CORES: Comparing regionality and sustainability in Pisidia, Boeotia, Picenum and NW Gaul between Iron and Middle Ages (1,000 BC - AD 1,000)

IAP P7/09

Archaeozoological, macrobotanical and archaeo-anthropological analyses are carried out in the study regions, in order to reconstruct a broad regional and diachronic picture of the long-term evolution of human subsistence and the relative importance of the various food items, the organisation of provisioning through local production and exchange, differential access to luxury food and the evolution of the status of both consumers and food items.

The provisioning with animal protein is studied by exploring the changing reliance on cattle, its use in arable and pastoral agriculture, and the change in size of the domestic stock through time. This workpackage verifies how the study regions evolved in this respect and to what extent the patterns in West and East are comparable.

To this purpose new faunal data from Pisidia and NW Gaul are generated and explored, and added to the already published data. Attention is paid to diachronic changes in species composition, the evolution of slaughtering patterns and the size of the domestic species (using both raw measurements and the log-ratio method). The faunal data - from rural sites, vici and towns -  are used to document how food provisioning was organised, to better understand the phenomenon of surplus production and to illustrate interactions between producers and consumers.

Similarly, macrobotanical analyses in NW Gaul and Pisidia focus on the evolution of the staple crops used through time. The import of new plant species (including condiments and spices) and imported animals (salted and fresh fish mainly) are documented through time for sites of different status, and will shed light on temporal changes in the access to these items and therefore also on the evolution of the luxury status of the products involved. More specifically, the attitude towards fish consumption is studied using both existing and new data, allowing a wider, regional survey of fish consumption through time.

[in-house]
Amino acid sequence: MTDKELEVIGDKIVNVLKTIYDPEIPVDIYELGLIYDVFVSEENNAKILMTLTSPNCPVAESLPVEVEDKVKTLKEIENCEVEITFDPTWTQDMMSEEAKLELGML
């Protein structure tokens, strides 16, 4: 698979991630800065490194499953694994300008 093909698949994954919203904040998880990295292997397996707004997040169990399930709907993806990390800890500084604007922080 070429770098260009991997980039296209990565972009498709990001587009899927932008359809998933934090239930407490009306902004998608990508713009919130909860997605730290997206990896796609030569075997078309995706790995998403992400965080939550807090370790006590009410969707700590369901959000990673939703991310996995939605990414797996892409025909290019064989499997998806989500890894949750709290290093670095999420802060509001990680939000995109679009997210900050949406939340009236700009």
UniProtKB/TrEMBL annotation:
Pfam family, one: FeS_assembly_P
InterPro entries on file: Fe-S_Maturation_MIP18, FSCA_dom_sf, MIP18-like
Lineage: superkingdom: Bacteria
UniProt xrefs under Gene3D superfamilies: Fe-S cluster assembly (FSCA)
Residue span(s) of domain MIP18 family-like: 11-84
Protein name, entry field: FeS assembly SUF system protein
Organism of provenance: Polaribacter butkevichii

The relative contribution of plant and animal food is analysed with the aid of stable isotope analyses of plant remains, animal and human bone. Next to C and N, S isotopes will now also be analysed in human bones, allowing to address in more detail the issue of fish consumption. Isotope analysis will also be used to document, in combination with the size analysis, multiple provenances of domestic animals and therefore indirectly aid in identifying possible regional breeds.

Related publications

  • Fuller B. T., De Cupere B., Marinova E., Van Neer W., Waelkens M. & Richards M., 2012. Isotopic reconstruction of human diet and animal husbandry practices during the classical-Hellenistic, Imperial and Byzantine periods at Sagalassos, Turkey American Journal of Physical Anthropology, 149:157-171.
  • Ottoni C., Flink L. G., Evin A., Geörg C., De Cupere B., Van Neer W., Bartosiewicz L., Linderholm A., Barnett R., Peters J., Decorte R., Waelkens M., Vanderheyden N., Ricaut F., Çakırlar C., Çevik, Hoelzel A. R., Mashkour M., Karimlu A. F. M., Seno S. S., Daujat J., Pinhasi R., Hongo H., Perez-Enciso M., Rasmussen M., Frantz, L., Megens H., Crooijmans R., Groenen M., Arbuckle B., Benecke N., Vidarsdottir U. S., Burger J., Cucchi T., Dobney K. & Larson G., 2013. Pig Domestication and Human-Mediated Dispersal in Western Eurasia Revealed through Ancient DNA and Geometric Morphometrics Molecular Biology and Evolution, 30:824-832.
Other member(s)
Laurent Verslype (UCL)
Gert Verstraeten (KUL)
Frank Vermeulen (UG)
Johan Vanheesch (KBR)
John Bintliff (Univ Leiden)
Anton Ervynck (Agentschap Onroerend Erfgoed)
Funding
IAP project funded by BELSPO Budget from KBIN-IRSNB
Partners and sponsors
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